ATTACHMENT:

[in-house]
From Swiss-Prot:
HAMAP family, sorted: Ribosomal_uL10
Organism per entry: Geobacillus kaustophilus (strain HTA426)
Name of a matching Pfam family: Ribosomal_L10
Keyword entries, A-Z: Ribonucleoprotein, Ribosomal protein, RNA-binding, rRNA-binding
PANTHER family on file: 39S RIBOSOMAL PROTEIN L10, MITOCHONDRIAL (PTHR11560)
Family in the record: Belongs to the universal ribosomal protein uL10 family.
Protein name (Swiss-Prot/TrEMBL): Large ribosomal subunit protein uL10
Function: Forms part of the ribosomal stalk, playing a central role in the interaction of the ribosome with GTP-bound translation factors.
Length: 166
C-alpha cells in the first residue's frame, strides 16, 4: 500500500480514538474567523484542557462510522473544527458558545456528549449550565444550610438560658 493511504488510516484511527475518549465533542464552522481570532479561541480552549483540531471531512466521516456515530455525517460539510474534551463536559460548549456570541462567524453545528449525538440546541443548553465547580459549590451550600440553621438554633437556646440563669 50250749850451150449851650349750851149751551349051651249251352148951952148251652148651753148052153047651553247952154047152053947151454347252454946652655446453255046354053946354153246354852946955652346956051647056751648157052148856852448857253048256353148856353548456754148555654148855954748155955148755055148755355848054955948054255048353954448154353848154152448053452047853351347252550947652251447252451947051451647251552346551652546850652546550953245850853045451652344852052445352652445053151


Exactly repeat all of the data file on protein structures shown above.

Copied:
[in-house]
From Swiss-Prot:
HAMAP family, sorted: Ribosomal_uL10
Organism per entry: Geobacillus kaustophilus (strain HTA426)
Name of a matching Pfam family: Ribosomal_L10
Keyword entries, A-Z: Ribonucleoprotein, Ribosomal protein, RNA-binding, rRNA-binding
PANTHER family on file: 39S RIBOSOMAL PROTEIN L10, MITOCHONDRIAL (PTHR11560)
Family in the record: Belongs to the universal ribosomal protein uL10 family.
Protein name (Swiss-Prot/TrEMBL): Large ribosomal subunit protein uL10
Function: Forms part of the ribosomal stalk, playing a central role in the interaction of the ribosome with GTP-bound translation factors.
Length: 166
C-alpha cells in the first residue's frame, strides 16, 4: 500500500480514538474567523484542557462510522473544527458558545456528549449550565444550610438560658 493511504488510516484511527475518549465533542464552522481570532479561541480552549483540531471531512466521516456515530455525517460539510474534551463536559460548549456570541462567524453545528449525538440546541443548553465547580459549590451550600440553621438554633437556646440563669 50250749850451150449851650349750851149751551349051651249251352148951952148251652148651753148052153047651553247952154047152053947151454347252454946652655446453255046354053946354153246354852946955652346956051647056751648157052148856852448857253048256353148856353548456754148555654148855954748155955148755055148755355848054955948054255048353954448154353848154152448053452047853351347252550947652251447252451947051451647251552346551652546850652546550953245850853045451652344852052445352652445053151